Column Date 2006-11-12
Double your money, overnight
You’ve got to hand it to America’s cell phone companies. They’ve figured out how to double their money...and most of us haven’t caught on yet.
It’s a diabolically simple plan.
First, think back, to the neolithic world of regular telephones (you know, the ones attached to wires that are attached to telephone poles). When you pick up a regular phone and make a long distance call to a friend in L.A., you know it’s costing you 3.9¢ or 10¢ or whatever per minute. You dial the number and the charge shows up on your bill.
But here’s the important thing to remember: the friend you called in Los Angeles doesn’t pay a penny. He just picks up his phone and says hello. The call was made on your dime, as they say.
Fast forward: in today’s cell phone world, you call the same friend and what happens? You both pay!
Say you talk for 10 minutes. Well, you pay for your time (the 10 minutes are deducted from whatever calling plan you’re on), and your friend pays for his 10 minutes the same way.
In other words, the cell phone companies are getting paid twice for the same connection – once by you and once by your friend. (If you happen to have the same cell phone company, it’s sometimes free – but who knows with any given call?)
Nice deal, huh?
I guarantee you that, all over American, hundreds of CEOs and their teams of high powered accountants are trying to figure out how they can do the same thing.
So get ready:
FedEx will probably be the first to jump on the bandwagon: why charge only the person sending the overnight package? Since the package is equally important to the person receiving it, why not charge both parties for overnight delivery? A simple computer update and FedEx doubles its income without providing a whit more service.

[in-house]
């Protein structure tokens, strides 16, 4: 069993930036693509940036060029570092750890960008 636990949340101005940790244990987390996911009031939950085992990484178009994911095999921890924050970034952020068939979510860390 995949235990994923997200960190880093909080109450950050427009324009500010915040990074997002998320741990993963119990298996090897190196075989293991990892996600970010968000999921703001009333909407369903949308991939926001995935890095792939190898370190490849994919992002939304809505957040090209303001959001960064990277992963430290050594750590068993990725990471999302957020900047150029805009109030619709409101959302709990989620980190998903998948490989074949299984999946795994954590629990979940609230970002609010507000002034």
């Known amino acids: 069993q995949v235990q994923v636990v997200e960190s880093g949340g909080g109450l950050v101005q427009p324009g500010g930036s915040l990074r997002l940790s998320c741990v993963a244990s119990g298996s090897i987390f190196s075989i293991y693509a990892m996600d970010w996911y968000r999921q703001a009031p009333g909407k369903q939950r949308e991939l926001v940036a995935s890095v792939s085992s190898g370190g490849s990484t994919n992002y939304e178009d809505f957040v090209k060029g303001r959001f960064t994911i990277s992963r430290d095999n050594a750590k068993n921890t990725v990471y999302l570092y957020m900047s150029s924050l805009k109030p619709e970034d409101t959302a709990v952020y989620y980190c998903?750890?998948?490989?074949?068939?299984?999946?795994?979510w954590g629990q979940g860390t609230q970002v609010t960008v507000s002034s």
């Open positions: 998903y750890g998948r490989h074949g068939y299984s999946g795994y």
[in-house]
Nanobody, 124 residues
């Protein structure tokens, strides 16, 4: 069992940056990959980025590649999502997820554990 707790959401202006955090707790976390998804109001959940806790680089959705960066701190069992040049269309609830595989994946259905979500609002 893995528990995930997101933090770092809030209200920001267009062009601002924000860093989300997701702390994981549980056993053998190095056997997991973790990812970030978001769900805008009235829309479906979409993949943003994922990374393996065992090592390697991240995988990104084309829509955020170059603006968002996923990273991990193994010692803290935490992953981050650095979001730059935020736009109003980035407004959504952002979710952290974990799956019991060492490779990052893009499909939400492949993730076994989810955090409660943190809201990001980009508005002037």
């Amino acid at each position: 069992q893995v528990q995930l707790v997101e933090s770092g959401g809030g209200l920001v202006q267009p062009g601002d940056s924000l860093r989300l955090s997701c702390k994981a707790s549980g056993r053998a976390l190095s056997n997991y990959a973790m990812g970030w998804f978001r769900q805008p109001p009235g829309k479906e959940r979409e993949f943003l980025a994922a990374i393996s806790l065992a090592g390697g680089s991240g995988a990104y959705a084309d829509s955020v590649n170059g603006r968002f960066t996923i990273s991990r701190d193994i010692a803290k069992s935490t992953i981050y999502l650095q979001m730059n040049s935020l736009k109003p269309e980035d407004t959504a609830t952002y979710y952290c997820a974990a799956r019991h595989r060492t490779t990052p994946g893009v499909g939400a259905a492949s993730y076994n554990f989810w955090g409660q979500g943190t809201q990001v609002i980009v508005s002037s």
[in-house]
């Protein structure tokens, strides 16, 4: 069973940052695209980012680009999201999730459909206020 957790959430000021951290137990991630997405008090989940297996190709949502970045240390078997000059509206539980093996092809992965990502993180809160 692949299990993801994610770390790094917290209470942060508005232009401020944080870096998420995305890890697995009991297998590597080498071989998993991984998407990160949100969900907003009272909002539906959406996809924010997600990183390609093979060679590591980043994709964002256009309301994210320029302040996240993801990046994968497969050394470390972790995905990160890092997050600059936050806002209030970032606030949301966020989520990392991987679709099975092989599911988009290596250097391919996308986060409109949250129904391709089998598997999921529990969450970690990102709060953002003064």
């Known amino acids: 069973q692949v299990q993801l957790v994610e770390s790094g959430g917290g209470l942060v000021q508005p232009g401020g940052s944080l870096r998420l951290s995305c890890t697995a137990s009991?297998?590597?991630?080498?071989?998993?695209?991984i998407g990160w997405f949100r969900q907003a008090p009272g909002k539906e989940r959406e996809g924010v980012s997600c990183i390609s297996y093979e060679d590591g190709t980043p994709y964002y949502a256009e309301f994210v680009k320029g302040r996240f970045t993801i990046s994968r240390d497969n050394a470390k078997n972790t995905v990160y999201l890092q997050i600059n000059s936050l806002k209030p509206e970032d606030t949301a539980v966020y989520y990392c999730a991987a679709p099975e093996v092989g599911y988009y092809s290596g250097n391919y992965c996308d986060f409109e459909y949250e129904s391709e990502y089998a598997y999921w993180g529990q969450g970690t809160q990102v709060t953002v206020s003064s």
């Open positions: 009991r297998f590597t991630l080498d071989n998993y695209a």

And if FedEx does it, can the United States Post Office be far behind?
I can hear my next conversation with a postal clerk, right out of Seinfeld:
“Yes, sir, that 39-cent stamp means that the Post Office has accepted your mail. The fellow it’s addressed to also has to pay 39 cents if he wants to receive it.”
“But the stamp is like a contract – it says you’ll take it from my address to his address. That’s the way it’s always worked. It’s part of our social fabric.”
“Yes, sir. But if he wants to actually take possession of it, it’ll cost him 39-cents.”
“And what if he doesn’t?”
“Well then, it will come back to you. With 39-cents postage due.”
“Look -- up there, on the wall -- it says ‘Neither snow nor rain nor heat nor gloom of night stays these couriers from the swift completion of their appointed rounds’. Do you guys still do that?”
“Depends on how much rain we’re talking about, sir. By the way, our appointed rounds no longer include Saturday delivery in your neighborhood. Sorry. Have you tried FedEx?”
©2006 Peter Tannen